Let me ants you a question.
Khan you hear me now?
By: R. Bruce Thomas
The day had begun like most; we'd risen, had breakfast, packed the bikes (our friend Mac was along with us), and hit the road. Our usual pattern had us riding for about an hour and a half before stopping for a mid-morning snack and coffee. An oddity this morning occurred about an hour into our ride when Mary flicked a small ant off of my shoulder. And then another. And then she noticed a couple on the inside of her visor. It was difficult to understand where they were coming from as we were cruising toward Rotorua at 100 KM/Hr and Mac didn't seem to have this problem.
I've been wearing earplugs while riding for about 15 years and wish I had started way earlier in my riding career. Once you lose your hearing there is no getting it back short of hearing aids.
There are all kinds of earplugs one can choose from. I went with custom fitted plugs from Costco. The pair is attached to each other by a small vinyl cable and come in a nice pouch to store them in when not riding. My big mistake was getting them in black.
On one of our first rides after getting the earplugs, before they were part of my regular gearing habits, we stopped for fuel in Strathmore, AB. I took off my helmet, pulled the earplugs out, and draped them over my tank bag. We were approaching Trochu, heading north on Hwy 21 after gassing up, when it hit me that things seemed a little noisier than they should. Rolling back the tape in my brain I remembered that I had removed my earplugs at the gas stop. Further review of the memory banks confirmed that black earplugs draped over a black tank bag were easy to forget when their use hadn`t been fully assimilated into my process. By this time, as you might imagine, they were no longer draped over the tank bag. I went back to Costco and ordered a new set in hi-vis yellow.
I've found that wearing earplugs made a huge difference in the way I felt when riding. All the background white noise was filtered yet I could still hear traffic and the music from my in-helmet speakers. I wasn`t as worn out at the end of an Iron Butt Ride. Communication with Mary and other riding friends did not suffer, yet I couldn`t convince her that earplugs should be part of her ATGATT. Mary carried earplugs and used them at night. Something about somebody snoring. But she felt that she didn`t get as much wind noise sitting behind me and resisted wearing them on the bike.
Fast forward to Feb 2020 and that ride from Taupo to Rotorua in New Zealand.
Mac and I settled at an outdoor table while Mary visited the facilities when we stopped for our coffee break. While we talked, I noticed a couple small ants on the table near my helmet. Odd. I swept them off the table. More appeared. I picked up my helmet and shook it. About 30 ants fell out onto the table. I started smacking it and there must have been over 150 of these tiny critters fall out of my helmet. Recalling that Mary had seen some inside her visor, I picked up her helmet and gave it a couple good smacks as well. Maybe only 30 or 40 came out.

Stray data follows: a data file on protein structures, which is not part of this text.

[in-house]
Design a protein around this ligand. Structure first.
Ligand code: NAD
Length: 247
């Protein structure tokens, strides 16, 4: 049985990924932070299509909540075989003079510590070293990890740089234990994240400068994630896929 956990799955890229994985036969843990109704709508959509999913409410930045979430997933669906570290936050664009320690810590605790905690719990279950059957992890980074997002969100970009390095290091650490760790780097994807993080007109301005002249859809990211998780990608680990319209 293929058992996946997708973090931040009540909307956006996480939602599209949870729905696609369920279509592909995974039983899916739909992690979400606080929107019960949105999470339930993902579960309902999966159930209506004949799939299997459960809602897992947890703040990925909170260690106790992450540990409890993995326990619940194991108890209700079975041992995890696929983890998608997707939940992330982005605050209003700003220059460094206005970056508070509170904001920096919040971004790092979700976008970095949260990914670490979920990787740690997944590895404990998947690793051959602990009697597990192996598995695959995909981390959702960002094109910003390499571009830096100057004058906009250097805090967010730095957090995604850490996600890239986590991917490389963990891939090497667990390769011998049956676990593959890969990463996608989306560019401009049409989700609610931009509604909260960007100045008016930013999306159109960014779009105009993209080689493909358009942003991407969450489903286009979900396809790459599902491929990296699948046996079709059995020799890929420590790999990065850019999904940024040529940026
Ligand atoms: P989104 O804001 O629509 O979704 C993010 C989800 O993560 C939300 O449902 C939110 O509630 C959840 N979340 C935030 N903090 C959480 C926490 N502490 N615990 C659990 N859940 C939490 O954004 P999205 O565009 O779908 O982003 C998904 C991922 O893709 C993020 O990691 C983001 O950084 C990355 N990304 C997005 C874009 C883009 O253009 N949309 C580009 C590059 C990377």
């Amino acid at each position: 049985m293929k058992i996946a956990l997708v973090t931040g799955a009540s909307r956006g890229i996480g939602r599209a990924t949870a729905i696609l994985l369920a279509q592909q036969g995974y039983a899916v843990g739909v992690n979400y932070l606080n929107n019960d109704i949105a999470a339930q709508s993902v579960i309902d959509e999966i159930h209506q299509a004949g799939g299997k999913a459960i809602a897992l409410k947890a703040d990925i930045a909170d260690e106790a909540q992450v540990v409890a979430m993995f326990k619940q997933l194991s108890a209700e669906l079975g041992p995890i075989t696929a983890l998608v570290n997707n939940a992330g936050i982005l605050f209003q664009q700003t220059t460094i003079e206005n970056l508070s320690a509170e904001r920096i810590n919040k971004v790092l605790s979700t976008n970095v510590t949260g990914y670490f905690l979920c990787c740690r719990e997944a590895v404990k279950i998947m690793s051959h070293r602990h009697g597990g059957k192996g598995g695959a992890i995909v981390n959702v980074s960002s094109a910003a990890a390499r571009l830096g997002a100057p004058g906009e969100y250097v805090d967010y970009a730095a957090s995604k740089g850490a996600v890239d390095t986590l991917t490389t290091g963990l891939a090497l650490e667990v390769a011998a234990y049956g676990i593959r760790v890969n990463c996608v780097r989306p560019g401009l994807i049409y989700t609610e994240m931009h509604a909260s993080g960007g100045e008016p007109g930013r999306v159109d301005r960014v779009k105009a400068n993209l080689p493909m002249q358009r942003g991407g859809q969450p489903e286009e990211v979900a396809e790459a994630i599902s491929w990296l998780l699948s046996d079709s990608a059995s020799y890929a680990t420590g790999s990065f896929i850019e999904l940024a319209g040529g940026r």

We had stayed the night before at some lovely cabins at a Holiday Park in Taupo, where we had also stayed the week before - but in a different cabin. Last night's cabin had a nice bush outside the window at the kitchen sink. My helmet had been on the kitchen counter overnight to charge the internal comm system. Mary`s helmet has a removable outer comm unit so her helmet had been on a shelf with just the comm unit getting charged on the counter. I had brought Mary`s helmet to the countertop when I noticed there were a few ants on the counter close to my helmet and the sugar packets sitting in a bowl near the window, and quickly tossed our helmets onto the bed. Too late.
Do you recall the 1982 movie, Star Trek II: The Wrath of Khan? Do I have to mention Khan Noonien Singh (Ricardo Montalban), Pavel Checkov (Walter Koenig), Captain Terrell (Paul Winfield), and the Ceti Eels? If I need to say any more, you likely haven't seen the movie. If you have seen it, you are likely already squirming.
Imagine the reaction my dear wife had when she joined us at the table and I told her of our helmet hitchhikers. Yes, she'd seen the movie. Yes, she was freaked out.
We both made sure to give our helmets a few more good whacks to ensure no more ants came out and then, before we mounted up to continue our day, Mary dug out her earplugs - just in case. As the day continued Mary expressed her surprise that the earplugs didn't detract from her ability to hear our conversations and she also remarked how nice it was to have the reduced wind noise.
New Zealand is pleasantly void of large animals such as deer, moose, or bears that can cause issues for riders but, thanks to those tiny ants and a healthy fear of Khan, Mary is now a dedicated believer in the effectiveness of earplugs, on multiple counts. How about you?
note - Khan Noonien Singh, Pavel Checkov, Captain Terrell, and the Ceti Eels are all fictional characters/creatures from the Star Trek TV and Movie Universe created by Gene Roddenberry.